“The Memphis food scene is different from when I got here in 1992,” says Dave. “Every year there are new concepts in this space.” One thing’s for sure: whatever bright minds enter Memphis’s dining scene next, plants will be firmly on the menu.  

Chef de tournant John Johnson puts the finishing touches to the ratatouille at Dory.

Photograph by Justin Burks

Where to eat in Memphis

Raw Girls
Founded by married couple Amy and Hannah Pickle, Raw Girls began life as a food truck, before a bricks-and-mortar version opened in Downtown in 2021. The food ranges from dahl, bursting with turmeric, ginger and garlic, to fresh-sprouted hummus with tomato bread. From around $14.50 (£12.15) per person.

Imagine Vegan Cafe
An institution of over 10 years’ standing, the family-run restaurant dishes up meat-free takes on classic Southern plates, from gumbo to fried chicken and waffles. You can expect a welcoming, down-to-earth vibe and friendly staff. From around $14 (£11.70) per person.

An upmarket spot with a mission to champion high-quality local produce and reduce waste in the kitchen, Dory caters to meat-eaters, too, but its plant-forward plates are the star of the show. In summer, there’s a dedicated plant-based night on the third Monday of the month, or diners can opt for a bespoke vegan menu at any time. The sleek, low-lit dining room is decorated with local art and diners can see right into the open kitchen. From $78 (£65) per person, with wine.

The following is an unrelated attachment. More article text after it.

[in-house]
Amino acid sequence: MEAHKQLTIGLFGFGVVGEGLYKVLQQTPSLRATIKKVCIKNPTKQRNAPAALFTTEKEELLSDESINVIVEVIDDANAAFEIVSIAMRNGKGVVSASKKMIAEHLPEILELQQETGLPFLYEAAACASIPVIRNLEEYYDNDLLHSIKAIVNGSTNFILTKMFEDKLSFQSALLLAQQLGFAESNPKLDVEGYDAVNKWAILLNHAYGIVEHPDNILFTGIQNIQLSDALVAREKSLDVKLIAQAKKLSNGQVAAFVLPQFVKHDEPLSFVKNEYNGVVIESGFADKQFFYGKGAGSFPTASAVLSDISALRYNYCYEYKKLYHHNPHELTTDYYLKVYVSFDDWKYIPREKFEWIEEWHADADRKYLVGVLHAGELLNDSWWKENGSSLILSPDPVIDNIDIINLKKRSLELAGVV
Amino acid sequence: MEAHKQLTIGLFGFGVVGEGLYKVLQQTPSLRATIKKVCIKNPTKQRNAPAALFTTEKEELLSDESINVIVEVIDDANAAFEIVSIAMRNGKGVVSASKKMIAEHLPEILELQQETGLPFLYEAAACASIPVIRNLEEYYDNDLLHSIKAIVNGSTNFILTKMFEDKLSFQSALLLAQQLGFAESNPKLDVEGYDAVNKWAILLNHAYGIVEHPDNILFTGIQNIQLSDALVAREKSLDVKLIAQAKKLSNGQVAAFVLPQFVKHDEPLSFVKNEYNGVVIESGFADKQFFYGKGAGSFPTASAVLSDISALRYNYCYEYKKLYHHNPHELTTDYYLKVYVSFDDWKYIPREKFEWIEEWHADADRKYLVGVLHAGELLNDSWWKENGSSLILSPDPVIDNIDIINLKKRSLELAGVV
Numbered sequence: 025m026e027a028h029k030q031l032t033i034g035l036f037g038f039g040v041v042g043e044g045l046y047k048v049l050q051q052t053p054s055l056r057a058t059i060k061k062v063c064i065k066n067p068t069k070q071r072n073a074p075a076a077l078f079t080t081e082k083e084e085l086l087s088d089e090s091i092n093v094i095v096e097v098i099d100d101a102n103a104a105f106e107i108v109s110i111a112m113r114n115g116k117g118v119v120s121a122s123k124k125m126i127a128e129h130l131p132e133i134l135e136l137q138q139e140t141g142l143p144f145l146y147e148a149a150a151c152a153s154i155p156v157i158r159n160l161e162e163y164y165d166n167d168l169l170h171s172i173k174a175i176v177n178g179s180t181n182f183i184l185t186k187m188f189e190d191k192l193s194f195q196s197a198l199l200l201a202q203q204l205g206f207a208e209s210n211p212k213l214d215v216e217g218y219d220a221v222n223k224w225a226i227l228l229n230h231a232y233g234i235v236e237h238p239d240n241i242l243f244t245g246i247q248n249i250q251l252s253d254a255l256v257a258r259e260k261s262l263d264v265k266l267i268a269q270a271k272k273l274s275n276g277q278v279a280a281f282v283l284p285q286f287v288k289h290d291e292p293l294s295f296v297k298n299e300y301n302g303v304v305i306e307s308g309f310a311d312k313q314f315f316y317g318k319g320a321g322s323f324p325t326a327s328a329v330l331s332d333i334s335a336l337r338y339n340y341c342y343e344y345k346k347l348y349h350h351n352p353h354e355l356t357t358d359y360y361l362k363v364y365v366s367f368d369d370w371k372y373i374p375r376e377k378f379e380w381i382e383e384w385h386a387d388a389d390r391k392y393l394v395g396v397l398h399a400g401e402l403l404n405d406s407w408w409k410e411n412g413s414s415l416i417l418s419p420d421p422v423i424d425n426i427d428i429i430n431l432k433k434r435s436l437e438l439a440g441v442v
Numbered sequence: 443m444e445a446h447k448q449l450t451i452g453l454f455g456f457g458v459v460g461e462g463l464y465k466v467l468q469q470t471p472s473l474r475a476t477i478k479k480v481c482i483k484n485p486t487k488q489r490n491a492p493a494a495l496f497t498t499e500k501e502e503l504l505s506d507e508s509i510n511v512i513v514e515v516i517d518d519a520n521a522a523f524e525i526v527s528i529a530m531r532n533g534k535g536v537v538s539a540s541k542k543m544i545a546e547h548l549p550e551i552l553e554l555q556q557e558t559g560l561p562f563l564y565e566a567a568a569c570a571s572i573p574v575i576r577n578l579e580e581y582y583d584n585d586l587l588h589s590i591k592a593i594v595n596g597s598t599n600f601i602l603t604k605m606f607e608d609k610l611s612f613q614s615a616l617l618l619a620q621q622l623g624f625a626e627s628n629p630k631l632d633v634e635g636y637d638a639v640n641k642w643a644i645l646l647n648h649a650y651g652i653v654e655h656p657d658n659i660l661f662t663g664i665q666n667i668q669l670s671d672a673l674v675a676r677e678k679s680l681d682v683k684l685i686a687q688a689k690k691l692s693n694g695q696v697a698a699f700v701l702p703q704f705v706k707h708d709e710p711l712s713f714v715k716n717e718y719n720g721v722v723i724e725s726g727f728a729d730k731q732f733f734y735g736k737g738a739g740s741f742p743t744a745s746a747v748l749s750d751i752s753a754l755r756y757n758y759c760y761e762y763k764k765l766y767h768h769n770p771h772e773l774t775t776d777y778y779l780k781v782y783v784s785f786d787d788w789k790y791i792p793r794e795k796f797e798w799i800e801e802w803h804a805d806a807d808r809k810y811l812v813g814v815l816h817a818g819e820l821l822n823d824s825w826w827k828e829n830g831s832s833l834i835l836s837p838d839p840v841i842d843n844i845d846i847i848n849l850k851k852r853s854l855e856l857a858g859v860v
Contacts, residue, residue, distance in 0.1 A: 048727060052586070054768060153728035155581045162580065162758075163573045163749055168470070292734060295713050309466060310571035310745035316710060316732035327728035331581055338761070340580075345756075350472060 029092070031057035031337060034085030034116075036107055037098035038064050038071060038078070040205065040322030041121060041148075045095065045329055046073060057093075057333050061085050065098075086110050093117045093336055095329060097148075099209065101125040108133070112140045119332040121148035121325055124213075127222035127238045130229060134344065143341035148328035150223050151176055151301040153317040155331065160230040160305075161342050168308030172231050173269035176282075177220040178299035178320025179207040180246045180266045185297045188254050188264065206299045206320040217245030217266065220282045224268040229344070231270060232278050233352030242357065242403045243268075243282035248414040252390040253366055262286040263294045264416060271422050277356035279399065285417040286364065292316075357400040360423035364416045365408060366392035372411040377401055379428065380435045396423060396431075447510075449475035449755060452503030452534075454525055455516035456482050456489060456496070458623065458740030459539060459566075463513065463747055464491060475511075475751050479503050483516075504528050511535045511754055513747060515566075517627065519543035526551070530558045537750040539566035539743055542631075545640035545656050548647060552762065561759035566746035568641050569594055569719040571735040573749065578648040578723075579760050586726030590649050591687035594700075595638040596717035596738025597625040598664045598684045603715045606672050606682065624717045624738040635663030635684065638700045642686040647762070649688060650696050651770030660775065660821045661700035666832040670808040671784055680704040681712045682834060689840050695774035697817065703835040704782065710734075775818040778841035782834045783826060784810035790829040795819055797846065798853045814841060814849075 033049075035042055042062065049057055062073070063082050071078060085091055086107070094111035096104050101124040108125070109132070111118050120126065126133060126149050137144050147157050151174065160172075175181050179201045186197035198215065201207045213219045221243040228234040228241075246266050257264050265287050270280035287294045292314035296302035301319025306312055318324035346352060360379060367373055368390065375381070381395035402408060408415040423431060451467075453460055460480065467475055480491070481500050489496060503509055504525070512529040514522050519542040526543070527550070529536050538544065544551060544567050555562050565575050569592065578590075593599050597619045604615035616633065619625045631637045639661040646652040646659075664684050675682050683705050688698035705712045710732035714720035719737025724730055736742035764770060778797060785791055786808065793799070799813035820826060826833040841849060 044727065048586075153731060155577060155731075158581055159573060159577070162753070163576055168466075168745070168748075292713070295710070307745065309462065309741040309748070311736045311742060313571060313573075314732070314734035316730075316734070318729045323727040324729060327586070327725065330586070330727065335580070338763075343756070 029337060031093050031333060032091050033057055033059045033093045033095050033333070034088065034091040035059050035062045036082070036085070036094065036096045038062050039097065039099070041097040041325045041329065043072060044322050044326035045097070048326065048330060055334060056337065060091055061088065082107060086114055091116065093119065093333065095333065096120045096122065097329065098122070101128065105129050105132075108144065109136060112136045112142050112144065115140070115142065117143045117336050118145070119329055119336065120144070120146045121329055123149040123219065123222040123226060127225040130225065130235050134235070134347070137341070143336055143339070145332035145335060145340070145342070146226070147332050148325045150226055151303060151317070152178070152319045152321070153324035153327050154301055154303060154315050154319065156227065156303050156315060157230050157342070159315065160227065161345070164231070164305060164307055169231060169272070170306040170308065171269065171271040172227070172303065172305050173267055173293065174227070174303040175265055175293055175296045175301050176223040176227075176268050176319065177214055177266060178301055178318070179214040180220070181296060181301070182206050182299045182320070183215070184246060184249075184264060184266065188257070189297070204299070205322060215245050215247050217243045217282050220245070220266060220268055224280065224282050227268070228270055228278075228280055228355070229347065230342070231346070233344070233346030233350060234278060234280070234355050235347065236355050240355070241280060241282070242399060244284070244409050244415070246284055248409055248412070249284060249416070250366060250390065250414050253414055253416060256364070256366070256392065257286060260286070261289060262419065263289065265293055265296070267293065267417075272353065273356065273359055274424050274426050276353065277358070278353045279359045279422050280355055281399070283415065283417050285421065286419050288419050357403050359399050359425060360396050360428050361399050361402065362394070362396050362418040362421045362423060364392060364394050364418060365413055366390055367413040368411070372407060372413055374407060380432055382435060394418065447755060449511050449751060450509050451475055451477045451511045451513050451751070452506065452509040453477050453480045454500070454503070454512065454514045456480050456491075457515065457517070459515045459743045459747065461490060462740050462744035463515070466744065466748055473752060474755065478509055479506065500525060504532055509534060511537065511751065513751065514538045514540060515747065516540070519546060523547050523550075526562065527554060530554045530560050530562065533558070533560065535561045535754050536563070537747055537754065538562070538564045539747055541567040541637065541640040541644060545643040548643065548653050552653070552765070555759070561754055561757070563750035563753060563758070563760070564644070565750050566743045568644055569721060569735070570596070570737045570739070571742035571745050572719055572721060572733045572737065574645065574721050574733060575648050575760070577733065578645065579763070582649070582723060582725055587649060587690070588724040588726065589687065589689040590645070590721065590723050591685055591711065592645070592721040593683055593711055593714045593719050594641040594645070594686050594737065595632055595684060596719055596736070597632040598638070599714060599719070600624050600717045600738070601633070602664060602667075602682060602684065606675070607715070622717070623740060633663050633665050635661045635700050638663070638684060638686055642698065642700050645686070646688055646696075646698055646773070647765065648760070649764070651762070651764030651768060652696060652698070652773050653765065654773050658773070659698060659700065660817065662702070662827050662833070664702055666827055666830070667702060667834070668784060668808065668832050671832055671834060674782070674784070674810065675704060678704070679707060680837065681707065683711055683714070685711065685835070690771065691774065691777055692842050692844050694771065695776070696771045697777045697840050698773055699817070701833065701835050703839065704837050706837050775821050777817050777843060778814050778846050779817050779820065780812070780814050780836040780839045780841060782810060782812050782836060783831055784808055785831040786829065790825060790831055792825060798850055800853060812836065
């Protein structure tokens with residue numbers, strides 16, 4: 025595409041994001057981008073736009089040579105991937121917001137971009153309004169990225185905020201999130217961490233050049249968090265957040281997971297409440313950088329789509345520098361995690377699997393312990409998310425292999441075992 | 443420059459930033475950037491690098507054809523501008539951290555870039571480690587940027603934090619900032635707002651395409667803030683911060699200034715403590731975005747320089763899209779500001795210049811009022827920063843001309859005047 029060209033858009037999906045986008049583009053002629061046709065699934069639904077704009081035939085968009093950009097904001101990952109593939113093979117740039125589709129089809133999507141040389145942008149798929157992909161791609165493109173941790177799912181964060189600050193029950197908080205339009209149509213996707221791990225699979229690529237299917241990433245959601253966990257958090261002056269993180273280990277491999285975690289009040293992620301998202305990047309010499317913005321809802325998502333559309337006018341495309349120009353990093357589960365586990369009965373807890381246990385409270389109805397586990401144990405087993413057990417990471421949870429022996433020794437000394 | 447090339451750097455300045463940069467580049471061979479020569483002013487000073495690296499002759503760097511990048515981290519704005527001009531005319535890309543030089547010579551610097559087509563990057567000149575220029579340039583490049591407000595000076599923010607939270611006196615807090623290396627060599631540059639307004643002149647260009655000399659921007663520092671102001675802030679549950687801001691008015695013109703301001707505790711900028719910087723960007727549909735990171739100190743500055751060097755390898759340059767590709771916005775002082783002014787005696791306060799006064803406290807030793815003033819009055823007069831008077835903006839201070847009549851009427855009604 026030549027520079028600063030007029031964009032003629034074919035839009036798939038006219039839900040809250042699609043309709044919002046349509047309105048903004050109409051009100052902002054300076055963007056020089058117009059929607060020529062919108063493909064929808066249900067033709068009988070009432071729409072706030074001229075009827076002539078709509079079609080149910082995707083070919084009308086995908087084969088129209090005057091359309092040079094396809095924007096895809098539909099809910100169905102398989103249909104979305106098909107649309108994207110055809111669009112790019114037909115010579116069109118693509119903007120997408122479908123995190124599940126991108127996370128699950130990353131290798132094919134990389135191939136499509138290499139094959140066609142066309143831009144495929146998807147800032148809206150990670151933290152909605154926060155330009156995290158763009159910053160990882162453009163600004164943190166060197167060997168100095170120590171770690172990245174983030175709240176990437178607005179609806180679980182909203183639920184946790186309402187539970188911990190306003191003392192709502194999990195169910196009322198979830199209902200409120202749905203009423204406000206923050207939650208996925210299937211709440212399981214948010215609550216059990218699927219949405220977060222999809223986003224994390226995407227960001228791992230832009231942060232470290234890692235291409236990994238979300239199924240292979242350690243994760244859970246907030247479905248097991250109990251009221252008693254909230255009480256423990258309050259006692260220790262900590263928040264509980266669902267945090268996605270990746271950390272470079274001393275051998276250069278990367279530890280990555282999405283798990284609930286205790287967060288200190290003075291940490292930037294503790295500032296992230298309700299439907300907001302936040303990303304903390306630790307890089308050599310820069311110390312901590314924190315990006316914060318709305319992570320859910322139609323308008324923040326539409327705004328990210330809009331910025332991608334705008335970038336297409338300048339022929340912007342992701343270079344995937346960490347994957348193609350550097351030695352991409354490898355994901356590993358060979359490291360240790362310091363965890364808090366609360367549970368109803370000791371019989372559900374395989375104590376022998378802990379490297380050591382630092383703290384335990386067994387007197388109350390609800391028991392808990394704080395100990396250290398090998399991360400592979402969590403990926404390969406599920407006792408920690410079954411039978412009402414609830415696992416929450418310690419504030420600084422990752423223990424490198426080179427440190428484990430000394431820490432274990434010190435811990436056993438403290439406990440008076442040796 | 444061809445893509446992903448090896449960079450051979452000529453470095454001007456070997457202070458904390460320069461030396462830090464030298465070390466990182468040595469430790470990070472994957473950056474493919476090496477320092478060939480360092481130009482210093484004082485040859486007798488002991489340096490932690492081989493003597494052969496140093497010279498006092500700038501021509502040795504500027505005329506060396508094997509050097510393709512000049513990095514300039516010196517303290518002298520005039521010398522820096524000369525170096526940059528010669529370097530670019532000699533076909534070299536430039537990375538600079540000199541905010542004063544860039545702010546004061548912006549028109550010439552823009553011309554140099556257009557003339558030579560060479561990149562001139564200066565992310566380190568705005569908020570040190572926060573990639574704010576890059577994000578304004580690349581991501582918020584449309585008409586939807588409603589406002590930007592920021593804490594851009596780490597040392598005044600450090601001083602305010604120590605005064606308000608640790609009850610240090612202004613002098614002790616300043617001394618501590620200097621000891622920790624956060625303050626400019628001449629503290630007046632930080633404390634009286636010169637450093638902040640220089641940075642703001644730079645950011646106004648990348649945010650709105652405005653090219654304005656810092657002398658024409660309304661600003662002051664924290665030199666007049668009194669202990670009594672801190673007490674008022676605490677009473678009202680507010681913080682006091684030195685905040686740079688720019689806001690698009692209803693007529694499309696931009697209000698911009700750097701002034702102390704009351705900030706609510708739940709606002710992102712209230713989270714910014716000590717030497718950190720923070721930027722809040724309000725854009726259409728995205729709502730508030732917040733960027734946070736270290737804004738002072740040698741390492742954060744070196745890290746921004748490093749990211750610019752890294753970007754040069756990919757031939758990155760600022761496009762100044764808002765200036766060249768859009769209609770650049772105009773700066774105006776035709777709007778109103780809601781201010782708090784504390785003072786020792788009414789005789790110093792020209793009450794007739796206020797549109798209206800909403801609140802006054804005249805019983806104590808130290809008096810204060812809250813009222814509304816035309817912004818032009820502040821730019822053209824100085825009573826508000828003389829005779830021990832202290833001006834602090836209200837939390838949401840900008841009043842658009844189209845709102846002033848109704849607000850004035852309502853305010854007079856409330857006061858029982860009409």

Guests toast with a ‘nojito‘ and sake martini at Dory.

Photograph by Justin Burks

Five foods to try

1. Wings: A Memphis staple, vegan wings are whizzed up from soy proteins, cauliflower and mushrooms. Go for the ubiquitous honey-gold sauce. 

2. Barbeque: Classic pork is swapped out for tofu or soy-based proteins, which are doused in sweet sauce, piled high with coleslaw and stuffed into a bun.

3. Burgers: Few things scream American comfort food more than a burger: plant-based patties are chargrilled for extra smoke and layered with vegan cheese.

4. Southern sides: Vegan versions of cornbread, mac and cheese, hush puppies and baked beans are moreish additions to a meal.

5. Fried chicken and waffles: Oyster mushrooms are a popular substitute for chicken in this traditional Southern dish. 

Published in the September 2022 issue of National Geographic Traveller (UK)